Moto G5S review

The Moto G5 puts on a snazzy suit

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Battery life

  • Excellent battery life will carry many through two days
  • 3000mAh battery charges quickly

Interestingly, the Moto G5S shares the same 3000mAh battery as its larger brother - which makes it larger than the similarly spec'd Moto G5.

The result is notably improved battery life compared to the original phone. We found that the G5S was frequently able to get through two days of light to moderate usage on a single charge. On one particularly noteworthy day, we noted that the phone lost just 25% in 12 hours.

Naturally, putting the phone to work with lots of media content, camera usage, and general screen-on time will knock that down a great deal. But you’ll be able to get through to bed time with plenty to spare, which is all most of us want at this point.

Besides, the regular TechRadar battery test of a 90-minute 720p looping video with the display brightness cranked up to max resulted in just 16% power loss.

That’s identical to the Moto G5S Plus - which is a little disappointing given that phone’s larger display - but it’s way better than the original Moto G5 on 22%.

On the rare occasion that you do find yourself caught a little short, Motorola’s TurboPower charging standard is here to help you out. It can provide 5 hours of battery life with just a quick 15 minute charge.

We’re used to fast-charging standards by now, but Motorola’s is impressive for being able to continue charging quickly even as it nears full capacity.

While the fastest charging spell always lies in the first 60% with smartphone batteries, we observed the Moto G5S battery moving from 64% to 94% in just 30 minutes.


  • 16MP camera capable of taking genuinely strong shots
  • Underwhelming in lesser lighting

The Moto G5S doesn’t quite get the same level of camera enhancement as the Moto G5S Plus does, with no dual-lens system on hand to bolster the depth of field effect.

However, it still represents an improvement over the Moto G5. We’re looking at a 16MP camera with an f/2.0 aperture, phase detection autofocus, and an LED flash.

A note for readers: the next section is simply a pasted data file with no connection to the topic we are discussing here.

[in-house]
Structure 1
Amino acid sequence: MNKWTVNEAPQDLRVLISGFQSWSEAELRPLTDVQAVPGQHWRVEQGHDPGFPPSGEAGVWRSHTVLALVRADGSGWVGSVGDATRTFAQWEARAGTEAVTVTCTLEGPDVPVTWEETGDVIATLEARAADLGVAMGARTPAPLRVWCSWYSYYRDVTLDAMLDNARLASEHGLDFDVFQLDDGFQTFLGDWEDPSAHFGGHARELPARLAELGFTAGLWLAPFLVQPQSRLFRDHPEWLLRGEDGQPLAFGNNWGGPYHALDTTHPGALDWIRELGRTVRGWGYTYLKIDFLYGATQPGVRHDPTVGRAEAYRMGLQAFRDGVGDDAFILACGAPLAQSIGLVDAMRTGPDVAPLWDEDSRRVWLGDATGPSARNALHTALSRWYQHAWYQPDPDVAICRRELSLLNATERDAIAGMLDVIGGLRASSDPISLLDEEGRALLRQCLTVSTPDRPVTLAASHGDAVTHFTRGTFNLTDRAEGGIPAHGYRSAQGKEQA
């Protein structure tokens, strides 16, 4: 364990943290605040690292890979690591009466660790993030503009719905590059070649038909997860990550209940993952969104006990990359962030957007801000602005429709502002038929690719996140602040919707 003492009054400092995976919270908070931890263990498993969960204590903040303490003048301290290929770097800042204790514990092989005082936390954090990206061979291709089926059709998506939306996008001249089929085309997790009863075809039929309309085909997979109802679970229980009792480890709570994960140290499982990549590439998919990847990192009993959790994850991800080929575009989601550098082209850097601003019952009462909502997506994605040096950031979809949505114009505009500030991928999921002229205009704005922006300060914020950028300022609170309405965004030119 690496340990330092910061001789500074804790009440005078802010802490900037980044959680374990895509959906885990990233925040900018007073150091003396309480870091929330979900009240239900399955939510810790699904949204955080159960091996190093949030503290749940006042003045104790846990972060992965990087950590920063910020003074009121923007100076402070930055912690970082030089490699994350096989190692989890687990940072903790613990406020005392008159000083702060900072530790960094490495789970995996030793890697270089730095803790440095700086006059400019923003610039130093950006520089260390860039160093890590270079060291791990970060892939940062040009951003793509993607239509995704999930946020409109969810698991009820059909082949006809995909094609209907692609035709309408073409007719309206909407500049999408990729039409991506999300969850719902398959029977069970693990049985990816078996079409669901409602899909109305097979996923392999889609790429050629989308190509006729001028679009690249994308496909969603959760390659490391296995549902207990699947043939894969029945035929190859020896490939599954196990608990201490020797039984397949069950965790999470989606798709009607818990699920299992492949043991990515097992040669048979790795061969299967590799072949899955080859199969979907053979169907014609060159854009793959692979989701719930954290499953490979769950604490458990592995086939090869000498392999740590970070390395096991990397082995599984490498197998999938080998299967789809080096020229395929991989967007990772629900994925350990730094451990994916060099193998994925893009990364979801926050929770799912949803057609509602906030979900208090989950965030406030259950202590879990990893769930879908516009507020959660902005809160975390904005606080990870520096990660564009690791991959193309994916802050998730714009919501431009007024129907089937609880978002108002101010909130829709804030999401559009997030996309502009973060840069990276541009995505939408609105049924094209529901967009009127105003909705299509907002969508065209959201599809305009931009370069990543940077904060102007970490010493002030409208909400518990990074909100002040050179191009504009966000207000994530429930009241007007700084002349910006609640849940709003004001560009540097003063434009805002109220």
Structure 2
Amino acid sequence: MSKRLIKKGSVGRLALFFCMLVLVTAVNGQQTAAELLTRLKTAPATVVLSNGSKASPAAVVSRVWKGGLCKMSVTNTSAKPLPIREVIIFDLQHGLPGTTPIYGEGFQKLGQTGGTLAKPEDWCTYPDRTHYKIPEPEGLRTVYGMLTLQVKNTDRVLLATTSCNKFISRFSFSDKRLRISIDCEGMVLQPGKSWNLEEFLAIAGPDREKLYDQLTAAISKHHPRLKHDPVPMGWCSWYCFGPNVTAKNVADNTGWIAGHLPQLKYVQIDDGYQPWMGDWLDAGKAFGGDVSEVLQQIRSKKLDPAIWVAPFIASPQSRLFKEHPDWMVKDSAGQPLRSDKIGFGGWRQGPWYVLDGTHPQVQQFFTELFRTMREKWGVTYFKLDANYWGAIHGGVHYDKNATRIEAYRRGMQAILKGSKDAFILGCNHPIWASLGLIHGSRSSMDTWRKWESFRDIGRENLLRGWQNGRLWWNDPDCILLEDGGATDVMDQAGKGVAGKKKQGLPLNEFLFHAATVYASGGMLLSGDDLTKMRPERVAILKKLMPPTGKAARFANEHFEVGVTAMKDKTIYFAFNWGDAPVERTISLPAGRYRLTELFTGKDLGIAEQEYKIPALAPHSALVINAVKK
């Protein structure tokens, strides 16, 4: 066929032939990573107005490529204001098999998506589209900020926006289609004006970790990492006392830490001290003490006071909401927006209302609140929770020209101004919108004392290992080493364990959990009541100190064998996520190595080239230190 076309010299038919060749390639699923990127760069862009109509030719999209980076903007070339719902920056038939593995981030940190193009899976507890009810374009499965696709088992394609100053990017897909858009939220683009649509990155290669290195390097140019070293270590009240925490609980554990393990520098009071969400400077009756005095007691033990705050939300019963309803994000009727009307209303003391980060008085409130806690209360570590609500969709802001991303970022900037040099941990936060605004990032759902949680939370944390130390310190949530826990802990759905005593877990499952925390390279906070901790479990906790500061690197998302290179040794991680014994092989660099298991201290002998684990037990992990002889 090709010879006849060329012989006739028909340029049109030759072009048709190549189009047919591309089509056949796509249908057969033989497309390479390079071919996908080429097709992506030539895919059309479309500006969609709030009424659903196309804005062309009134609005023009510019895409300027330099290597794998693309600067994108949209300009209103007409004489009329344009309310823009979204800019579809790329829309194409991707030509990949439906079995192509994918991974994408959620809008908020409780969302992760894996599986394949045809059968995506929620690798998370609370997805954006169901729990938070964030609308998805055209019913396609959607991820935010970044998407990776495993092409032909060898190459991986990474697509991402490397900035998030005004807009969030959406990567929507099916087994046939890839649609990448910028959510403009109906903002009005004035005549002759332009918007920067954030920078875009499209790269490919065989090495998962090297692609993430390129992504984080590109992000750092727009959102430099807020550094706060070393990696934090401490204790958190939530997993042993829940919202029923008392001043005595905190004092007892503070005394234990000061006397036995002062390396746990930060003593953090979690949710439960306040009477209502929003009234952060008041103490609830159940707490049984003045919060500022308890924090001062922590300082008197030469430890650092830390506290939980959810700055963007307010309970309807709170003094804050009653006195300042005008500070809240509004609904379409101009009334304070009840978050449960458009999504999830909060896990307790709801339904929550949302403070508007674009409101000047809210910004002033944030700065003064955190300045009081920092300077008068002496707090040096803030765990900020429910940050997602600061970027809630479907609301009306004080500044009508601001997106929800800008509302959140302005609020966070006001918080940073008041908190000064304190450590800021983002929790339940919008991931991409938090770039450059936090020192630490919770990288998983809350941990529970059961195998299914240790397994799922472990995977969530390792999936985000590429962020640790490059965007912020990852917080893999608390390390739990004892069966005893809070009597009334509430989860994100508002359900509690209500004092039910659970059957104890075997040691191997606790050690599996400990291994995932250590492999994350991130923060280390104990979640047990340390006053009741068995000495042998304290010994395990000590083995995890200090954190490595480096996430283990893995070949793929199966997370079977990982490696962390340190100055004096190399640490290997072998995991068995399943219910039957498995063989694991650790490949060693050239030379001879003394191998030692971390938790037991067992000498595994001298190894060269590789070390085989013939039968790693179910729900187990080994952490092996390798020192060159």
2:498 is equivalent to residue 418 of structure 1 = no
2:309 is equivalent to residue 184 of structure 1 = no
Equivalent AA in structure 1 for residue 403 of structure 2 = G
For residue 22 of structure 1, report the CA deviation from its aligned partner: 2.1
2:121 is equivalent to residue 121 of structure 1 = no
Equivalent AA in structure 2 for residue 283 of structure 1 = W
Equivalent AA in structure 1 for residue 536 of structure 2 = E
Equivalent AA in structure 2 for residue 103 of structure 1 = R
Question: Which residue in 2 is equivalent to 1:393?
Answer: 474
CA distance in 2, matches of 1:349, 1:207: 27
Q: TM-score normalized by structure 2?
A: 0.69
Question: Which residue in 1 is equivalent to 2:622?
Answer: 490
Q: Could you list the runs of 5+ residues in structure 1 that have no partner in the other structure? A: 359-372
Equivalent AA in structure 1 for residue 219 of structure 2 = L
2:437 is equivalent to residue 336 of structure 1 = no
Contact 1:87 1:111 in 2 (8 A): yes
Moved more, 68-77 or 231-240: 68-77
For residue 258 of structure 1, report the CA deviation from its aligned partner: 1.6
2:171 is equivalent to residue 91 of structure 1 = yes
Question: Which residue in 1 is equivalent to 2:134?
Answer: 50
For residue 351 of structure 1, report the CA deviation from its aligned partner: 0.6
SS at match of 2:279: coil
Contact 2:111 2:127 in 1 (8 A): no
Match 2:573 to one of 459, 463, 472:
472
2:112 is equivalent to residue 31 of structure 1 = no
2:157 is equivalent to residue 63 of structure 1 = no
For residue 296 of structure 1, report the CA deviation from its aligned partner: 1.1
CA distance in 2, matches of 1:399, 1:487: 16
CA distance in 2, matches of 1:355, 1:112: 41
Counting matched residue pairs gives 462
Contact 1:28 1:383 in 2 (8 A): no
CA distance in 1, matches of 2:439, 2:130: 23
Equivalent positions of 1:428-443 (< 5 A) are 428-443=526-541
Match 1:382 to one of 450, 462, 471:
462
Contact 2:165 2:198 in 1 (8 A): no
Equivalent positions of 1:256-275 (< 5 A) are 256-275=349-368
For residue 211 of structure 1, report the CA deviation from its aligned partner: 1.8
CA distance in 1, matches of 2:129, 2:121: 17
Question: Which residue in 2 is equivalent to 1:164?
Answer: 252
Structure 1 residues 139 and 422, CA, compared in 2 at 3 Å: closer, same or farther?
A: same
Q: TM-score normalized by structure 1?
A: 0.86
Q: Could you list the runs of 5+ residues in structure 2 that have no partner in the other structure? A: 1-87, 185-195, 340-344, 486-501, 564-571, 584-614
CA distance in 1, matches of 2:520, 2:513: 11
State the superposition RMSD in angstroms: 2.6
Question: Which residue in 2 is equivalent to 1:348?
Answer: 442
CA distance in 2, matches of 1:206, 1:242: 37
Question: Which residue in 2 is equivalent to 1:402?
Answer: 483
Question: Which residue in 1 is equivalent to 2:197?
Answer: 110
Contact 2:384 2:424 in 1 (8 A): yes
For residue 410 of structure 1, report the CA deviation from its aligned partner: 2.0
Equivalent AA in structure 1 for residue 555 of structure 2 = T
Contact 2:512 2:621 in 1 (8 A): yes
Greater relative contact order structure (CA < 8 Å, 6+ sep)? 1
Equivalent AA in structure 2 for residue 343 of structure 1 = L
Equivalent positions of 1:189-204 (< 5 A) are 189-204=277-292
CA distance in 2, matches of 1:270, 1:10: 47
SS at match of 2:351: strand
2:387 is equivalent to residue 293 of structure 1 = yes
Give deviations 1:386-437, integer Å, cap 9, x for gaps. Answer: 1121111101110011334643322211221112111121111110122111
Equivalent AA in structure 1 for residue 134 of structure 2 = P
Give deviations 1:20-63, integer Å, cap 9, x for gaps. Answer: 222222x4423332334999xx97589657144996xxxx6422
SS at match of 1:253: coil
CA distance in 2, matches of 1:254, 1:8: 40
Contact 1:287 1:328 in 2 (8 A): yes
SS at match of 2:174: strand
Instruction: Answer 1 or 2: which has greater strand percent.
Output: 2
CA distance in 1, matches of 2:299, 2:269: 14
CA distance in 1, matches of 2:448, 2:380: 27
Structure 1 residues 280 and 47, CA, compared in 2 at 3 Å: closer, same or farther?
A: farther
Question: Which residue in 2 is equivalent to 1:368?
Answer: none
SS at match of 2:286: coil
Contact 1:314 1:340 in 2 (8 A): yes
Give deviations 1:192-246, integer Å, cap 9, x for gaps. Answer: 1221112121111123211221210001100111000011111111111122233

It’s a very accomplished camera for a phone that’s right on the threshold between budget and mid-range. We managed to capture some genuinely impressive shots that felt like they could have been taken by a much more expensive phone.

The level of detail, clarity, and colour balance in well-lit scenarios was well ahead of most budget phones.

It does seem to struggle with metering though, as we noted a number of overly bright shots. There’s an auto HDR mode that should help balance this out, but it didn’t seem to kick in reliably for us. Force it through manually, though, and you can get some decent results.

Low light shots are a lot less impressive, with plenty of noise and the odd autofocus mishap.

The shooting experience itself is very pleasant thanks to some strong software. Motorola’s own camera UI is snappy enough, and we particularly like the ability to adjust the exposure of your image simply by dragging on the focus reticle. It helps counter those over-bright shots too.

Video recording is decidedly inferior to the Moto G5S Plus, which can manage 4K at 30fps and 1080p 60fps. The G5S can only manage 1080p at 30fps.

The selfie cam isn’t as good either, dropping to 5MP (like the G5). It does still benefit from its own LED flash though, which is far from a common component even in higher end phones.

Camera samples